Cottonwood is seeing a rise in methamphetamine-related investigations since 2016, according to a 2018 Cottonwood Police Department annual report.
Cottonwood Police Chief Steve Gesell and Cmdr. Jody Makuch presented the report to city council during a regular meeting Tuesday.
According to the report, there were 24 meth-related investigations in 2018, this is a rise from 17 in 2017 and just 7 in 2016.
The trend is countywide. According to figures provided by Partners Against Narcotics Trafficking, there were 45 pounds of meth seized in 2017 in Yavapai County, up from 40 in 2016. In 2018, total meth seizures dropped down to just under seven pounds but according to a March 5 Daily Courier article, 31.75 pounds of meth have already been seized since the beginning of the year.
“Our concern is we have another meth epidemic on the way,” said Chief Gesell.
In 2006 when meth-related crimes in Arizona were starting to peak, the legislature passed a bill to single out meth dealers. Anyone convicted of making, selling or transporting meth faces a minimum of five years under this law. Yavapai County Attorney Sheila Polk was a significant proponent of this law.
By 2011, meth-related felonies in Yavapai County dropped down to 1,895 from 2,739 in 2005. But in 2012, crimes started to gradually increase again and in 2018, numbers spiked back up to 2,502.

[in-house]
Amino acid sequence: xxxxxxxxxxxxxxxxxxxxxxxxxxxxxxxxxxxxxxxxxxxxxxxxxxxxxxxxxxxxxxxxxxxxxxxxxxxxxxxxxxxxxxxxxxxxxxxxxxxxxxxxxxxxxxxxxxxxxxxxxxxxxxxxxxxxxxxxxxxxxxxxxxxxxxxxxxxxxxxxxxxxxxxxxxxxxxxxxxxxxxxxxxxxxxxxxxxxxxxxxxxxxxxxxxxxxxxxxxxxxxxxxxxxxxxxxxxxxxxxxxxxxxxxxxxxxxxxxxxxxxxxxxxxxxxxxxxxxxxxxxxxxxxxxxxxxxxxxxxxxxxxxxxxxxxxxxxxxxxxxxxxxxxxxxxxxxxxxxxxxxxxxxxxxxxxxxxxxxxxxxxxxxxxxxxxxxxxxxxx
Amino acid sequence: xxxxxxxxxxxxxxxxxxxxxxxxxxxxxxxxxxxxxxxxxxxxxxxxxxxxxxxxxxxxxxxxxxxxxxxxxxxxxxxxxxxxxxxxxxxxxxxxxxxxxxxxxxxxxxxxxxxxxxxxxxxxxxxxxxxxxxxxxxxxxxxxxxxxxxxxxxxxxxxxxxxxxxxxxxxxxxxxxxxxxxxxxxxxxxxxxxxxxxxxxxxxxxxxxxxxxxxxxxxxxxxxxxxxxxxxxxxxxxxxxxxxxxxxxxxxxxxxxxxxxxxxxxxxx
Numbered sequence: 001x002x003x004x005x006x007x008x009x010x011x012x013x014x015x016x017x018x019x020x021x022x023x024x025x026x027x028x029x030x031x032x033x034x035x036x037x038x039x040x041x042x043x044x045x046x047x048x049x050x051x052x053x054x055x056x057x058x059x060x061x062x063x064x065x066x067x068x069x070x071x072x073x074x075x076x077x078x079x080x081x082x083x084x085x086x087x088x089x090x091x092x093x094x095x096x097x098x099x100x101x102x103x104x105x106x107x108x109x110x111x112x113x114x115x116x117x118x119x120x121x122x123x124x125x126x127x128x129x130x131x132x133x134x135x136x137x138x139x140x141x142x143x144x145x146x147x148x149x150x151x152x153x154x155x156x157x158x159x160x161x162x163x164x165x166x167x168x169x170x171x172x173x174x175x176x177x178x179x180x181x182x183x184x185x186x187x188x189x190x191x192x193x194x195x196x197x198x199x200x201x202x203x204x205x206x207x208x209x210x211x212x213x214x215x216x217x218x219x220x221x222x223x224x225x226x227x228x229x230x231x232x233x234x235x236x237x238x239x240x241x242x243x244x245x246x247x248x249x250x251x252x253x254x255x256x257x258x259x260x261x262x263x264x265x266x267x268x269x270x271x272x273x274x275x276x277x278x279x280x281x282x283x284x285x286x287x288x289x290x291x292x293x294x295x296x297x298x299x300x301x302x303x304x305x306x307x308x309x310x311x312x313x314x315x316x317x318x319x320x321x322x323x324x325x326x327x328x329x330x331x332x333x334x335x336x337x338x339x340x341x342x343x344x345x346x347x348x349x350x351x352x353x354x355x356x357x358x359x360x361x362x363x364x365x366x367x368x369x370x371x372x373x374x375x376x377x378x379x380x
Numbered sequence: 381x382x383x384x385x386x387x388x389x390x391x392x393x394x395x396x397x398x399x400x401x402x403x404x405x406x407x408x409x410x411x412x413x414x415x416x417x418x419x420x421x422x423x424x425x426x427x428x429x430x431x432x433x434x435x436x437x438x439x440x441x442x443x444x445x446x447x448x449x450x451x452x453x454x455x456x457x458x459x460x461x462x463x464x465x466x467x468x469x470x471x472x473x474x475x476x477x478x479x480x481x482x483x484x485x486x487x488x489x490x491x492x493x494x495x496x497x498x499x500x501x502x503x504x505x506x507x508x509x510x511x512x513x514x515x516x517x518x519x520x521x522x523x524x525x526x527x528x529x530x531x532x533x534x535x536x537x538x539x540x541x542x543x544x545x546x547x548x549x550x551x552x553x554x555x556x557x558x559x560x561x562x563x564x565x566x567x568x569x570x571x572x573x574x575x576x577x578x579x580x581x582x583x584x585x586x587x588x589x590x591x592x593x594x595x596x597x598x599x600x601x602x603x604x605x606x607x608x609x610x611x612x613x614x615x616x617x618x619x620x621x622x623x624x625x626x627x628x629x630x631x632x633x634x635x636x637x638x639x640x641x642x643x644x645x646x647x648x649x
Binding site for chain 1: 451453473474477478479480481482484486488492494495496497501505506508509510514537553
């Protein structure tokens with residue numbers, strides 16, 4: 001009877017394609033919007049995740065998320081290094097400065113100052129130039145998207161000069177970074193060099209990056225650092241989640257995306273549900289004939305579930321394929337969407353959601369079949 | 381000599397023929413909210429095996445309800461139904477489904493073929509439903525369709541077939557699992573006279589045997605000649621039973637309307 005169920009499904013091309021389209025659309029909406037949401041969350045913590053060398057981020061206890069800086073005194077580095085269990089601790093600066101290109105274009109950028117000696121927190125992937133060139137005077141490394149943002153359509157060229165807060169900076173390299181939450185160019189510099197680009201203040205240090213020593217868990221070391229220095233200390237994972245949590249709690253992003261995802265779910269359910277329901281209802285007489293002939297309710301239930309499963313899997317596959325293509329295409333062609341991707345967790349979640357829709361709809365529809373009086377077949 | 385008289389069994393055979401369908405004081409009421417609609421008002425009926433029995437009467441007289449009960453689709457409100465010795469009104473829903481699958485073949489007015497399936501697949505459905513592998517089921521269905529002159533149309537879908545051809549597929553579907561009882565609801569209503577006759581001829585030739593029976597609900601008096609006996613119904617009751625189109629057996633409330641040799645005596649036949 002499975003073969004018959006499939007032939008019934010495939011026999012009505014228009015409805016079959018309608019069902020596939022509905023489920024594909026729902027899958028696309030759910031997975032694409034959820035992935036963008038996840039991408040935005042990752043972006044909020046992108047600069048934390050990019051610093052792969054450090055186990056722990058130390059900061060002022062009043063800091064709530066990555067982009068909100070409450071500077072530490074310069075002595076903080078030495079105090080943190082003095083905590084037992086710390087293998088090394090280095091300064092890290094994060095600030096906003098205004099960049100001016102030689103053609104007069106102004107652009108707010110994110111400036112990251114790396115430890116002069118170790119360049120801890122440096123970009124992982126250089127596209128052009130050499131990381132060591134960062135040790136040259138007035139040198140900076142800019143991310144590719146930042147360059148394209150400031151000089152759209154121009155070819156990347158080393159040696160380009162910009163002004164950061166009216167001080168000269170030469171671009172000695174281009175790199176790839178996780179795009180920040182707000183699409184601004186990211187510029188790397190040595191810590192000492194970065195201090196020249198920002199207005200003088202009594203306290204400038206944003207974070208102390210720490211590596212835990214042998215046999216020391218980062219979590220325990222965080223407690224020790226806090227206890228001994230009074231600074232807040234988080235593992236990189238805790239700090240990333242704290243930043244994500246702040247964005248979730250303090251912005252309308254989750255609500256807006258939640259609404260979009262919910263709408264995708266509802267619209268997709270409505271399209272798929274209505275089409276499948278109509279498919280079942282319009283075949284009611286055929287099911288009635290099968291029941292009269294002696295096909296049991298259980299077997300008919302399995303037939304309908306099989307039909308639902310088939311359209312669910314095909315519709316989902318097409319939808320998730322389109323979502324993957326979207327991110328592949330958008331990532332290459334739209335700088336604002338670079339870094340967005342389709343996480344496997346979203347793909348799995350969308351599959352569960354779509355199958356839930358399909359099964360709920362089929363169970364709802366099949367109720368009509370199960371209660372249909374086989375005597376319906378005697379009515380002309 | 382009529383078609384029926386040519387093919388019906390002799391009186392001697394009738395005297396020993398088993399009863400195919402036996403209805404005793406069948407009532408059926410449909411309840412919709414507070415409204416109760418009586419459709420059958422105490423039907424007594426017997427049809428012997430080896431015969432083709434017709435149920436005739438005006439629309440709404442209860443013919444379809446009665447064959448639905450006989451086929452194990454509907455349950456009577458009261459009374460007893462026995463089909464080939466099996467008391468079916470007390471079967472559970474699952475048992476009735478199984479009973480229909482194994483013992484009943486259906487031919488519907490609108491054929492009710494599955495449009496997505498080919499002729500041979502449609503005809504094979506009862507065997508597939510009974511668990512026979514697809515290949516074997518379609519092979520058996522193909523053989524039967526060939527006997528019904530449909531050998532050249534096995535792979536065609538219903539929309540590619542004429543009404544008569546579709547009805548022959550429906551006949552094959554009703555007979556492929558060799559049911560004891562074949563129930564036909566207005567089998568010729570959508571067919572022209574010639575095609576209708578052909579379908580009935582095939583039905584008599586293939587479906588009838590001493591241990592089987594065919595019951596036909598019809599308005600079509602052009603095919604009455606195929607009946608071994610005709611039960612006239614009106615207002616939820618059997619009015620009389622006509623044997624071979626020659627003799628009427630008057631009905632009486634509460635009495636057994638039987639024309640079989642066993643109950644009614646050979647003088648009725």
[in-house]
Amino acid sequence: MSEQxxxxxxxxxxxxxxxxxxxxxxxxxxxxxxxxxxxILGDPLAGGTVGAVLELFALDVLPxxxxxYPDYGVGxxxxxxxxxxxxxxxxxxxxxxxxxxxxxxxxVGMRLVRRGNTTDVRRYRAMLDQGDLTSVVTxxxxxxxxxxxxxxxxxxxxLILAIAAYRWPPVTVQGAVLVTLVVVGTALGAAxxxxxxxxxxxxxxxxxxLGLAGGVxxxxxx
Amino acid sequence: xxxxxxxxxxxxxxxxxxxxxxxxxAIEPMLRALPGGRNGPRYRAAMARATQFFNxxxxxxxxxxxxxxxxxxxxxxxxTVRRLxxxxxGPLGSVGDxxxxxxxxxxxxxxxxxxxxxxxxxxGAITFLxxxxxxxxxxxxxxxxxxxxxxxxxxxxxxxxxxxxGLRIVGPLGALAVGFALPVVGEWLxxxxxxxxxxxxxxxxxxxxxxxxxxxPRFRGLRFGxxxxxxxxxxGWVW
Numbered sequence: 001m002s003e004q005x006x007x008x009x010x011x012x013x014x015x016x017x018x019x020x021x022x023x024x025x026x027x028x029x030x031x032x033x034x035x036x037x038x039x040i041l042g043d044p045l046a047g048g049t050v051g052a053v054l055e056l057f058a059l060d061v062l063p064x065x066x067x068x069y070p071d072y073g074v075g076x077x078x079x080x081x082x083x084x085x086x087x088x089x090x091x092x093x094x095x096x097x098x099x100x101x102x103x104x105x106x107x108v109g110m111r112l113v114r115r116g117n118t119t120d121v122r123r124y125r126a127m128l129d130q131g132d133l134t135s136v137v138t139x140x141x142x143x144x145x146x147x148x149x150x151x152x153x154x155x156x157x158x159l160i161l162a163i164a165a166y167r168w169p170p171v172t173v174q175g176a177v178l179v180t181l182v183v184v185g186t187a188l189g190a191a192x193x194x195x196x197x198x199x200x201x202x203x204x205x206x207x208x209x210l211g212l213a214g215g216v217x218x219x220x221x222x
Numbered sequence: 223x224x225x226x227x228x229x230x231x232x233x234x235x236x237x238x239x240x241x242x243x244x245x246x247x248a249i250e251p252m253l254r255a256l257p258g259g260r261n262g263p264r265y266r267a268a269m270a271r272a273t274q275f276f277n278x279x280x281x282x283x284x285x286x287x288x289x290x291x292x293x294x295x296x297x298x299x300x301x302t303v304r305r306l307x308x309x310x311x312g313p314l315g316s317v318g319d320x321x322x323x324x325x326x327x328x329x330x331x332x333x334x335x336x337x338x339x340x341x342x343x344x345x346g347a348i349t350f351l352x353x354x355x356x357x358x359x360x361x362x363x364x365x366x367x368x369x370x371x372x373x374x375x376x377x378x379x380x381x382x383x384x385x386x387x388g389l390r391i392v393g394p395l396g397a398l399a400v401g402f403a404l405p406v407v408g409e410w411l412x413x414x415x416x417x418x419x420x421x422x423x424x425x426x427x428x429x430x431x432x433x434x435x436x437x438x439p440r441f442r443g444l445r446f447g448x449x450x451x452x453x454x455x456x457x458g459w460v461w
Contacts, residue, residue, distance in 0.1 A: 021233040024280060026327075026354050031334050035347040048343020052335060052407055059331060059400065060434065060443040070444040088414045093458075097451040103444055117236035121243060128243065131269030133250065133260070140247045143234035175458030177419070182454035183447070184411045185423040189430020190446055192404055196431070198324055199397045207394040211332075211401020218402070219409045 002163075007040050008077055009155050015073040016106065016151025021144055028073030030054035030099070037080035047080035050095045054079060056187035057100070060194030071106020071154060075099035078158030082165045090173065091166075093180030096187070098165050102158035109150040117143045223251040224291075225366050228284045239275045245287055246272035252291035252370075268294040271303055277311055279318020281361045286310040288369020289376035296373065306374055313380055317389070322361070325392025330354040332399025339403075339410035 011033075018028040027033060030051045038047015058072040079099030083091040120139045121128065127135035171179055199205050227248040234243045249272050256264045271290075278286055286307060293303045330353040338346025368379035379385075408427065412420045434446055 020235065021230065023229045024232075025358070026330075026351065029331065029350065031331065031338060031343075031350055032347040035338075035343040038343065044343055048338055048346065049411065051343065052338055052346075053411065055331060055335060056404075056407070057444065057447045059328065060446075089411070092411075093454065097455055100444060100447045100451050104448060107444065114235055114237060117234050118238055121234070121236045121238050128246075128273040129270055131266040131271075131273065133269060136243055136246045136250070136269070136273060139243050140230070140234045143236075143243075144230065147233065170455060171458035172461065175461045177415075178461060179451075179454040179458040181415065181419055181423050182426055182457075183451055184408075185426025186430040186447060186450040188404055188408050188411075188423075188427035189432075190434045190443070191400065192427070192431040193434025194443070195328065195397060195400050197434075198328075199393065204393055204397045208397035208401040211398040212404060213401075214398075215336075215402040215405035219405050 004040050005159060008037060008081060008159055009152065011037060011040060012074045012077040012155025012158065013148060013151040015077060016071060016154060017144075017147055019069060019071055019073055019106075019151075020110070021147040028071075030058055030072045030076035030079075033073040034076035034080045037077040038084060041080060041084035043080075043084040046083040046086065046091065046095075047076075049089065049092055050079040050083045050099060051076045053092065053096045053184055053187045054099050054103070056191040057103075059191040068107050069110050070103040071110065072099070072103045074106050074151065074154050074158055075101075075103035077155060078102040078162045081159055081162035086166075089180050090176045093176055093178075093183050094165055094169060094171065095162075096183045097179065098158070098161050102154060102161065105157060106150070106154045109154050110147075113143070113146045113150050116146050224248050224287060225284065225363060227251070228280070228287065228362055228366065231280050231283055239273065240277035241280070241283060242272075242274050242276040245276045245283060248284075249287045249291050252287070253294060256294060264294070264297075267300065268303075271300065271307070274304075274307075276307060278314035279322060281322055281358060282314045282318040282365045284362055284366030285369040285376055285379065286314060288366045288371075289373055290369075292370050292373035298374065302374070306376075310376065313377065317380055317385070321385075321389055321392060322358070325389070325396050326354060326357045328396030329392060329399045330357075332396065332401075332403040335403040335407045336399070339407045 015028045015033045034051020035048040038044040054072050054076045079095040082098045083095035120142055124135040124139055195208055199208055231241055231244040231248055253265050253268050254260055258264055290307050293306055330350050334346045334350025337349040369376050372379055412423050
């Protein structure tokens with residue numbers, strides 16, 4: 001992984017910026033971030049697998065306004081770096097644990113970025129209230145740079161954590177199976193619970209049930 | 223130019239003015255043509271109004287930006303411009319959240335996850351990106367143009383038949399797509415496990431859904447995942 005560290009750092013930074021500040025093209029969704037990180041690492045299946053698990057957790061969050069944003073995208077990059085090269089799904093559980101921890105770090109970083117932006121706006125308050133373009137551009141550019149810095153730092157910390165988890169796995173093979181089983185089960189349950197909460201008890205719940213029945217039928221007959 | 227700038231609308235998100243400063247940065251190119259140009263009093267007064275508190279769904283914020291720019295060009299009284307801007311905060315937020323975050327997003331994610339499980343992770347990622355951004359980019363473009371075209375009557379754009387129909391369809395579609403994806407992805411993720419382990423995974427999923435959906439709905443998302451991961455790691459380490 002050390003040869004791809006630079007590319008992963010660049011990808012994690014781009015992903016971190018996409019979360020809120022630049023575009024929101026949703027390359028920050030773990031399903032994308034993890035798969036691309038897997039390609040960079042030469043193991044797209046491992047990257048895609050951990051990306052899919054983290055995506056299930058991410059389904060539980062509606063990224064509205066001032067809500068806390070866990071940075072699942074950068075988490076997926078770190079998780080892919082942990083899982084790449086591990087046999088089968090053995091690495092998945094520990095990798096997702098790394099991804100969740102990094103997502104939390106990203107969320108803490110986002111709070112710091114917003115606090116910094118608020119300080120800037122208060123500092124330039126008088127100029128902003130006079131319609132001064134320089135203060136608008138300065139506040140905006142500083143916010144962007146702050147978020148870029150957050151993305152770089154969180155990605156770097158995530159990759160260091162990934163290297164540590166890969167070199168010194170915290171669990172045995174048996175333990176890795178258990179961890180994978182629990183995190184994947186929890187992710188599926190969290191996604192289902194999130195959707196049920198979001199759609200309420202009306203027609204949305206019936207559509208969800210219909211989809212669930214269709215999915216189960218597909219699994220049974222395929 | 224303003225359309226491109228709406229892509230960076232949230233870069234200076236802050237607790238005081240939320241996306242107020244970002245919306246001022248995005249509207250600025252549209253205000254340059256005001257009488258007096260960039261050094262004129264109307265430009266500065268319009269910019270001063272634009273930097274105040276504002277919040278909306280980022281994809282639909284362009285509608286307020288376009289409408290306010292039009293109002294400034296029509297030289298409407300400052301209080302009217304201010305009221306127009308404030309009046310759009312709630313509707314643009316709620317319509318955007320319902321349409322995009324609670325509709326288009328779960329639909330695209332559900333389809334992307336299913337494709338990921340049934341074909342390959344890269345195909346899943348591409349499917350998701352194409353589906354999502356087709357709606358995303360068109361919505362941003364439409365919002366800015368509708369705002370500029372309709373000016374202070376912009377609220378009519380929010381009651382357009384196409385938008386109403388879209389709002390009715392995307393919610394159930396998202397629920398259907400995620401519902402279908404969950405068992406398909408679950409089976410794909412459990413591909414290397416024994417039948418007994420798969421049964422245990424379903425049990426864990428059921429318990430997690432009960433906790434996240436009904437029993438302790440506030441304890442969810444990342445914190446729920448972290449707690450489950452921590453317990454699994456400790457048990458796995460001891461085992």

“So even though we have this statute that mandates that meth dealers go to prison and we’re still sending them to prison, we’re seeing more meth and we’re definitely seeing an increase in crime,” Polk said in a March 12 Daily Courier article.
Makuch also noted that this was a nationwide problem during his presentation Tuesday.
“Nationwide, methamphetamine is at an all-time high as reported by the DEA,” Makuch said during his presentation Tuesday. “It’s become cheaper and more potent as it crosses the Mexican border into the U.S. and they’re mass producing it in super labs and distributing it through existing heroin and cocaine networks.”
A super lab, according to Chief Gesell, is a term used to “denote clandestine labs that exist beyond our borders.” Most meth on U.S. streets is manufactured in Mexico, he said.
Historically, clandestine labs in the United States were typically small operations in garages due to the challenge in getting the precursor, pseudoephedrine, needed to make it,” he wrote in an email. “It is easy for criminals to get their hands on bulk quantities of pseudo as its not regulated as it is in the U.S. (among other variables such as corruption and lax enforcement). This allows these labs to produce meth on a grand scale.”
According to the report, it was a “roller coaster year for heroin investigations.”
“It was very prevalent, and other times it appeared non-existent,” the report states.
Fentanyl, a drug responsible for the death of at least three people in Yavapai County became more prevalent in 2018 than any other year, according to the report.
But according to Gesell, meth is more dangerous when put in the context of public safety.
“Meth has a far greater public safety impact than opioids given that it is a powerful stimulant that fuels violent behavior,” Gesell said. “The focus nationwide has been on the opioid crisis due to the deaths primarily connected to fentanyl … opioids and fentanyl dominate the discussion and media cycle at the moment.”
To read the full report, visit www. cottonwoodaz.gov/558/Police-Department-Annual-Report
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